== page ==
In 1798, he gained venture capital from a man named Thomas Willing in order to purchase the entire sail loft from the retiring owner. Obtaining the money to purchase the loft wasn’t easy because banks nor businesses would never loan money to Black people because they considered them lesser. It was a good thing that he’d known the man name Thomas Willing most of his life, so Willing made a deal with him. In exchange for loaning Forten the money to buy the sail loft business, Forten would install his new invention for all Willing’s ships. The deal was made.
James Forten Becomes the Wealthiest Businessman in Philadelphia, Pennsylvania
James Forten had officially become an entrepreneur, purchasing the sail loft where both he and his father worked. His invention and his knack for business made him not only the wealthiest man, Black or White, in Philadelphia, but he also hired an integrated staff.
He’d become so wealthy that he not only purchased his own three story home to live in with his wife and family on Lombard Street, but he also purchased a home for his mother and widowed sister.
James Forten, the Abolitionist & Writer
When James Forten achieved massive success, he never forgot about the Black people who needed his help during these times of slavery. Although he was born free, there were thousands still enslaved, and this was never far from his mind. He was going to help as an abolitionist. As an abolitionist, he would finance antislavery causes, one of which was The Liberator newspaper.
James Forten was also a skilled writer, even with his meager education to which he never let hinder him. He wrote A Series of Letters by a Man of Color which was protesting a series of bills put forth by the Pennsylvania legislature against free Black people. Below is his letter:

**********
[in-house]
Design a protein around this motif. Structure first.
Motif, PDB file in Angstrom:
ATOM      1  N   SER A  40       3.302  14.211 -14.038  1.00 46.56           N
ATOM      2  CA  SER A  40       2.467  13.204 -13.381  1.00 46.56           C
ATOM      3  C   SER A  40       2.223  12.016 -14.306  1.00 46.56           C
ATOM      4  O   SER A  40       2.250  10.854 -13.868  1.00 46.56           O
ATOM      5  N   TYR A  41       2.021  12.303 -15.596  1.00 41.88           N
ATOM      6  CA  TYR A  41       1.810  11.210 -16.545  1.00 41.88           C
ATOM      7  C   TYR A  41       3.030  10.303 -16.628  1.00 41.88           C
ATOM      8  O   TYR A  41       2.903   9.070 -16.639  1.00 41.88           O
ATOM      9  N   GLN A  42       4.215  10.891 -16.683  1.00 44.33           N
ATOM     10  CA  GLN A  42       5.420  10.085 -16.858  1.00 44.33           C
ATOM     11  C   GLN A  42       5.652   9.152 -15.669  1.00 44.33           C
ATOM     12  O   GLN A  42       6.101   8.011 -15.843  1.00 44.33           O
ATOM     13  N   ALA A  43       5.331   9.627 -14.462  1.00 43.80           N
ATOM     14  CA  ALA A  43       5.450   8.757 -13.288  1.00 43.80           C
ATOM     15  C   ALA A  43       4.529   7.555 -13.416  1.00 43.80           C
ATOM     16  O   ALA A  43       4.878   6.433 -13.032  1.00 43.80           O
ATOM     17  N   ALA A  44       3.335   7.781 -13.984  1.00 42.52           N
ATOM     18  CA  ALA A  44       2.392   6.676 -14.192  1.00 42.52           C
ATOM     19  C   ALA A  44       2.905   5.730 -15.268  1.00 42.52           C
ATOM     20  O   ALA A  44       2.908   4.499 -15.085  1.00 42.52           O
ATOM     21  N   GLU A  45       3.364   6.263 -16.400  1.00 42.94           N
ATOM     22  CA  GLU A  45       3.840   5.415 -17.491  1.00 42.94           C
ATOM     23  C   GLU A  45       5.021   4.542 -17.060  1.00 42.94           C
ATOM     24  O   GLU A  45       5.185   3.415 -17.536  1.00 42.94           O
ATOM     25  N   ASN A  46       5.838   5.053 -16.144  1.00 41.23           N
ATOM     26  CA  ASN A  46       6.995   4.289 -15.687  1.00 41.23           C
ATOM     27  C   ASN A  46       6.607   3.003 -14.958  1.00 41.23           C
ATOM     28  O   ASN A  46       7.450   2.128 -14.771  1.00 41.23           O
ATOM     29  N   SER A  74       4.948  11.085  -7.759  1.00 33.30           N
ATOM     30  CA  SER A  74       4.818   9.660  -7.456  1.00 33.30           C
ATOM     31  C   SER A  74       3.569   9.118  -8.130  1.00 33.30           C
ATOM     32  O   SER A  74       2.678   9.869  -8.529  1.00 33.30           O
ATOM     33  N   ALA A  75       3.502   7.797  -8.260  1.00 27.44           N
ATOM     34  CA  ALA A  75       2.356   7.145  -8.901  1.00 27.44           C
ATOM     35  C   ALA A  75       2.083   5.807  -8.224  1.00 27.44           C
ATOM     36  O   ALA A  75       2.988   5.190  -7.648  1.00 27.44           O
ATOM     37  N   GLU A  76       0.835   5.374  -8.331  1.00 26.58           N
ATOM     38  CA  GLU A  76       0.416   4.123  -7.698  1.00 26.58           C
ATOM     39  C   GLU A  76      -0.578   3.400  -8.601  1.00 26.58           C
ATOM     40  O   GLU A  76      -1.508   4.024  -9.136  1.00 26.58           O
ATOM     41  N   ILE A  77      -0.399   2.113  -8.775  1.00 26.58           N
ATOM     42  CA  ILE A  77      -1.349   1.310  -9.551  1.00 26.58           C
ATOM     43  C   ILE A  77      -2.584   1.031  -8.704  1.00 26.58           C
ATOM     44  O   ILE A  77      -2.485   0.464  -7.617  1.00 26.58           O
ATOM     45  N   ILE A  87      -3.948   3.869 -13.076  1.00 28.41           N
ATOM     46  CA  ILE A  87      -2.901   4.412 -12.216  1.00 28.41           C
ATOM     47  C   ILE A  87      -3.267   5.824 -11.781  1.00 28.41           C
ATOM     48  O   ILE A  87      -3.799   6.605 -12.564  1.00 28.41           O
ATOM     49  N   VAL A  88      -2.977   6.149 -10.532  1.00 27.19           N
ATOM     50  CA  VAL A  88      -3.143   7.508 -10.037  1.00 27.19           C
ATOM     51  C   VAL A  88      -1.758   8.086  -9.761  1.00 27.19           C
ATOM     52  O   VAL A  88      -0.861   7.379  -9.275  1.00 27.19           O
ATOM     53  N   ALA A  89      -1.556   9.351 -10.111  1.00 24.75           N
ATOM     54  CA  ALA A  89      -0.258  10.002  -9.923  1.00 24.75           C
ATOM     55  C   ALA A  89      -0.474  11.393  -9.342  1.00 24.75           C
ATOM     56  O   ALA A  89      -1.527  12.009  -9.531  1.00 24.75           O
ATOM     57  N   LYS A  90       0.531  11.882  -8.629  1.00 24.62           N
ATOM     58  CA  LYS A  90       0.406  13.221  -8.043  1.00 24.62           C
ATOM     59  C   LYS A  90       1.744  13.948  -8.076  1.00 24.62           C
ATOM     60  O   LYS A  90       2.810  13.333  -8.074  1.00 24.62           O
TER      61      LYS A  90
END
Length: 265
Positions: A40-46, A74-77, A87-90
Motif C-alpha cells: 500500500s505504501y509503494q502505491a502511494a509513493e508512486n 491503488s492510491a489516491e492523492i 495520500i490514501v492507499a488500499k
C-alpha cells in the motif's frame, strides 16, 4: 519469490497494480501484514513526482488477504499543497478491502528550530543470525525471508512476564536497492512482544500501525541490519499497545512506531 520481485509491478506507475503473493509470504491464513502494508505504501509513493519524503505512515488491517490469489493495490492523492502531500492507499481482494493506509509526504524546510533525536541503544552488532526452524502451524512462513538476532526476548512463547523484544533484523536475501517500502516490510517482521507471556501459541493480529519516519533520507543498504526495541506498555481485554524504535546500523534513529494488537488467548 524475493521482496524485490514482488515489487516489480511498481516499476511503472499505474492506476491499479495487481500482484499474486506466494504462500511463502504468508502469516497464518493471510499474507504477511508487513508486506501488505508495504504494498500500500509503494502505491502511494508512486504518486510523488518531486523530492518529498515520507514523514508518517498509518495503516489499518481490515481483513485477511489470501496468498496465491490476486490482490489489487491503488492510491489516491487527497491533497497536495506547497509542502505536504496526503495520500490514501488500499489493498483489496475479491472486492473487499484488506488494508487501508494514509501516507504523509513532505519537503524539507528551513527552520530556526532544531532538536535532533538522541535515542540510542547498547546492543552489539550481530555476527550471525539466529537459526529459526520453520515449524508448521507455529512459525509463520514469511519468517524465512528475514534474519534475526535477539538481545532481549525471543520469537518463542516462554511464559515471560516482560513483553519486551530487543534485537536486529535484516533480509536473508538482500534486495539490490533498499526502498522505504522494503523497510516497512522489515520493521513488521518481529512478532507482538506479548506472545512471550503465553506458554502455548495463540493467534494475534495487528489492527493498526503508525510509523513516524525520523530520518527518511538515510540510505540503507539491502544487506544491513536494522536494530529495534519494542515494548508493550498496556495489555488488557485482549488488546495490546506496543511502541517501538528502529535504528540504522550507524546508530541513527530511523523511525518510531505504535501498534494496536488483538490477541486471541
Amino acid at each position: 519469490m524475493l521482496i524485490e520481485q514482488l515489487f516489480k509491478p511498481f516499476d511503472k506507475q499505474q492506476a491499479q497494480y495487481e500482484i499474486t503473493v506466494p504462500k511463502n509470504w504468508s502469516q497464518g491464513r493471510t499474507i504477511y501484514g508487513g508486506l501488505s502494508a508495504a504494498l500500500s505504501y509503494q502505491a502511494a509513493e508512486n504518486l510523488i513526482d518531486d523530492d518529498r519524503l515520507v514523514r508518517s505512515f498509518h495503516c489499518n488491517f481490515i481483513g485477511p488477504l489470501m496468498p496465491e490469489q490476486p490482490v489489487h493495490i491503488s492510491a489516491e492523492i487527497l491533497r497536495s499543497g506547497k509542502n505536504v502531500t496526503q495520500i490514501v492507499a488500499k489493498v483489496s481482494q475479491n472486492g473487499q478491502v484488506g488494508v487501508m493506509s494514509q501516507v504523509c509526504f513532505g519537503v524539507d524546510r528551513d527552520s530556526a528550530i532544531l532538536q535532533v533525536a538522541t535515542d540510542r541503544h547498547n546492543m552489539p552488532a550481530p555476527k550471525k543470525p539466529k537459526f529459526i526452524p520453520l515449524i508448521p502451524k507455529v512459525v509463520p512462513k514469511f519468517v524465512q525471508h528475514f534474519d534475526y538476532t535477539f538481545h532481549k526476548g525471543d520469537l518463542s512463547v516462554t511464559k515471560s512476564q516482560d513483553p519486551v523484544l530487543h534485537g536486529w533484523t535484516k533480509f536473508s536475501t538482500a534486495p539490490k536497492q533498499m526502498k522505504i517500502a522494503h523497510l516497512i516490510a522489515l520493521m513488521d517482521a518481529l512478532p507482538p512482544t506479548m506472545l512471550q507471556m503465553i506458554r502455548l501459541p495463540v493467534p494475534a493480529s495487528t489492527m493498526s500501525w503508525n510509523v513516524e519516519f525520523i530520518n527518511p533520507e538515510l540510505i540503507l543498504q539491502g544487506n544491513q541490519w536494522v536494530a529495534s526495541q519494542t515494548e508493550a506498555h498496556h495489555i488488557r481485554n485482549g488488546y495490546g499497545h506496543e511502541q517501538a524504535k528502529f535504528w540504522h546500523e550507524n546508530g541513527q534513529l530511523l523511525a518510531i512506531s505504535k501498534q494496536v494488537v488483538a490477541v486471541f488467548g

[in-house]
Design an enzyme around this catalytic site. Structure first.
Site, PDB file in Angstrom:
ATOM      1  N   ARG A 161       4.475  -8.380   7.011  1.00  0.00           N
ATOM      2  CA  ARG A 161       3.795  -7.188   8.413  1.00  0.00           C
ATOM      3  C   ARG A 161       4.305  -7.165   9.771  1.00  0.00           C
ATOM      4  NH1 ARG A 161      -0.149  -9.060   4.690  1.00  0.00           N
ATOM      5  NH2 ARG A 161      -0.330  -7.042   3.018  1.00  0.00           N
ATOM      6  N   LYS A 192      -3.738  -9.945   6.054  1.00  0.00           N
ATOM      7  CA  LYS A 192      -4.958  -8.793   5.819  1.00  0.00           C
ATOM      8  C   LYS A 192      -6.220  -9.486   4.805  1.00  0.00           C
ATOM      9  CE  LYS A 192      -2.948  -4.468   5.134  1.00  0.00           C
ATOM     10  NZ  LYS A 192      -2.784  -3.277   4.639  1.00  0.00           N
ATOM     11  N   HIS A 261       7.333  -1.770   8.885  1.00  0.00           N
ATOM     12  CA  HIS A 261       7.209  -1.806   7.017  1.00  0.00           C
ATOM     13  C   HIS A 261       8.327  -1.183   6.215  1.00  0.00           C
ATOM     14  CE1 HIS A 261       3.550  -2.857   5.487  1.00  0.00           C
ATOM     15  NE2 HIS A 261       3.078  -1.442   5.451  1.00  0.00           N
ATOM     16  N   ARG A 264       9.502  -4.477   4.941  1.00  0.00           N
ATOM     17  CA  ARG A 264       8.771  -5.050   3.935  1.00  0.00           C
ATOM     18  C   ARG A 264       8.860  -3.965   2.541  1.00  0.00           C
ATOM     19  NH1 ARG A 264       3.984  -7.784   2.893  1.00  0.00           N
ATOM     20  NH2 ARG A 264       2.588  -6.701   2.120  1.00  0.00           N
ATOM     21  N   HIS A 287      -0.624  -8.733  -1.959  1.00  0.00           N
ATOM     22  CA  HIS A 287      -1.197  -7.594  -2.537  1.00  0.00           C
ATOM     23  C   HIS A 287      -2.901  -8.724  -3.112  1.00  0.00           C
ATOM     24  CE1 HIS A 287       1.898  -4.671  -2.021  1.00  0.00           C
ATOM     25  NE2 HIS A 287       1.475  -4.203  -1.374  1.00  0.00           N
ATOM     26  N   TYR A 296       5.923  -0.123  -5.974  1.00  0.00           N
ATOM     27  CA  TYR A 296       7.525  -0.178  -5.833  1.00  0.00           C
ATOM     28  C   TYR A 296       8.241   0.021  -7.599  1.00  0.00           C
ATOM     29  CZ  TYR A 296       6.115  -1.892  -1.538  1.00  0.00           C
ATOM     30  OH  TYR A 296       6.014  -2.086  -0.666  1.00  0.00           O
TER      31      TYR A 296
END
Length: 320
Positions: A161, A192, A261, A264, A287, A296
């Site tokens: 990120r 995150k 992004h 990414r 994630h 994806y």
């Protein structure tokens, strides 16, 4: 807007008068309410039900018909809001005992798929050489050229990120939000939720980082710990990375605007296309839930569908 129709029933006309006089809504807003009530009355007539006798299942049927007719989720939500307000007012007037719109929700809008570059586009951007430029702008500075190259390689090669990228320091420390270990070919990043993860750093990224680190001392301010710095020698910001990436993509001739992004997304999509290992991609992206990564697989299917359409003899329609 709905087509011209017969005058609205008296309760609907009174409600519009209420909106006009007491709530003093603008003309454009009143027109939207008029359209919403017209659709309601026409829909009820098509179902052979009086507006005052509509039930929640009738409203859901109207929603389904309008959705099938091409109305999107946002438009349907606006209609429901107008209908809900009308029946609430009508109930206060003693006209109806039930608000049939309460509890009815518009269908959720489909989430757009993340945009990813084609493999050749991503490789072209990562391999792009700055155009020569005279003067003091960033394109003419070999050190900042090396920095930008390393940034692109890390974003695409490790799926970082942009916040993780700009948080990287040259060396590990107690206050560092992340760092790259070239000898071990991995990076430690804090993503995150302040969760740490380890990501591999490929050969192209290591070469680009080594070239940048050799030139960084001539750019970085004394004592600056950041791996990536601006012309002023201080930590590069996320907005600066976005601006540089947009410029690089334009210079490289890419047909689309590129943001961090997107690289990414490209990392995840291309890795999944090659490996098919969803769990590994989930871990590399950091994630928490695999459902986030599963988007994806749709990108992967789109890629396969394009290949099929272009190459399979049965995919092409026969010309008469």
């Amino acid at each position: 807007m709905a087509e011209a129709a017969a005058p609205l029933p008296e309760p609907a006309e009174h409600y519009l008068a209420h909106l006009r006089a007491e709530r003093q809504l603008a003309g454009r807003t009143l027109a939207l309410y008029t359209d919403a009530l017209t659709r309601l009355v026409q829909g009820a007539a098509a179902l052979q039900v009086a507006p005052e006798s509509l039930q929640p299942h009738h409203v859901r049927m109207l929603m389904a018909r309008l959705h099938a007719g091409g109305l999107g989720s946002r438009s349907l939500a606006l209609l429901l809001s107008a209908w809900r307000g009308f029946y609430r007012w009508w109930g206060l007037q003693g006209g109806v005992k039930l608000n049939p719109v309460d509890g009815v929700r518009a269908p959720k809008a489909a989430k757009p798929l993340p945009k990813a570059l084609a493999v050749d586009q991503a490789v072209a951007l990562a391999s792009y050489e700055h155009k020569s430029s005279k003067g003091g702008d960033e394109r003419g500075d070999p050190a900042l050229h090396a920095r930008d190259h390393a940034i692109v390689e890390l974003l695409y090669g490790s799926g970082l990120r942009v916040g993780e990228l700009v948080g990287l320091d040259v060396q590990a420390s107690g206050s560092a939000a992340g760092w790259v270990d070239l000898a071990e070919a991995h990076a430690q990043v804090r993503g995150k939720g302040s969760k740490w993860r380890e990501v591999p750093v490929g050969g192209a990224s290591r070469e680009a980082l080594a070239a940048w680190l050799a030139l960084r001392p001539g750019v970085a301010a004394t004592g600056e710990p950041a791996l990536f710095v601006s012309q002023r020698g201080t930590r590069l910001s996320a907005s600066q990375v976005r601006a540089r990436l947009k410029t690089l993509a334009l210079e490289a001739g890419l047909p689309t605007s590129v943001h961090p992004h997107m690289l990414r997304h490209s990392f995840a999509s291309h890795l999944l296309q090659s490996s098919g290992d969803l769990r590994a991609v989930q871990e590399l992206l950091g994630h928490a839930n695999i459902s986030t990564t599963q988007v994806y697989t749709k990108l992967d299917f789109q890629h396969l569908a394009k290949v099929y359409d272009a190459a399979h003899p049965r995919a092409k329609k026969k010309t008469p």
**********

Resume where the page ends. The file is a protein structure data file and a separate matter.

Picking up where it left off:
“Has the God who made the white man and the black left any record declaring us a different species? Are we not sustained by the same power, supported by the same food, hurt by the same wounds, wounded by the same wrongs, pleased with the same delights, and propagated by the same means? And should we not then enjoy the same liberty, and be protected by the same laws?”
Forten was also one of the first to sign the petition against the Fugitive Slave Act of 1973 called the Free Blacks of Philadelphia petition. Where the Fugitive Slave Act allowed for Black people, free or escaped from slavery, to be captured and re-enslaved in the South, it was the Free Blacks of Philadelphia petition that called for the change in the laws and the freedom of the nearly one million Black people still enslaved.
The petition was rejected, but Forten also wrote a detailed letter telling the delegation that Black people were miserable in the state that they are in, revealing that
“a deep gloom now envelops us, but we derive some comfort from the thought that we are not quite destitute of friends, that there is one who will use his endeavors to free the slave from captivity, at least render his state more sufferable, and preserve the free Black in the full enjoyment of his rights.”
“Many of our ancestors were bought here more than 100 years ago; many of our fathers, many of ourselves have fought and bled for the independence of our country. Do not expose us to sale. Let not the spirit of the father behold the son robbed of that liberty which he died to establish, but let the motto of our legislature be, The law knows no distinction.” –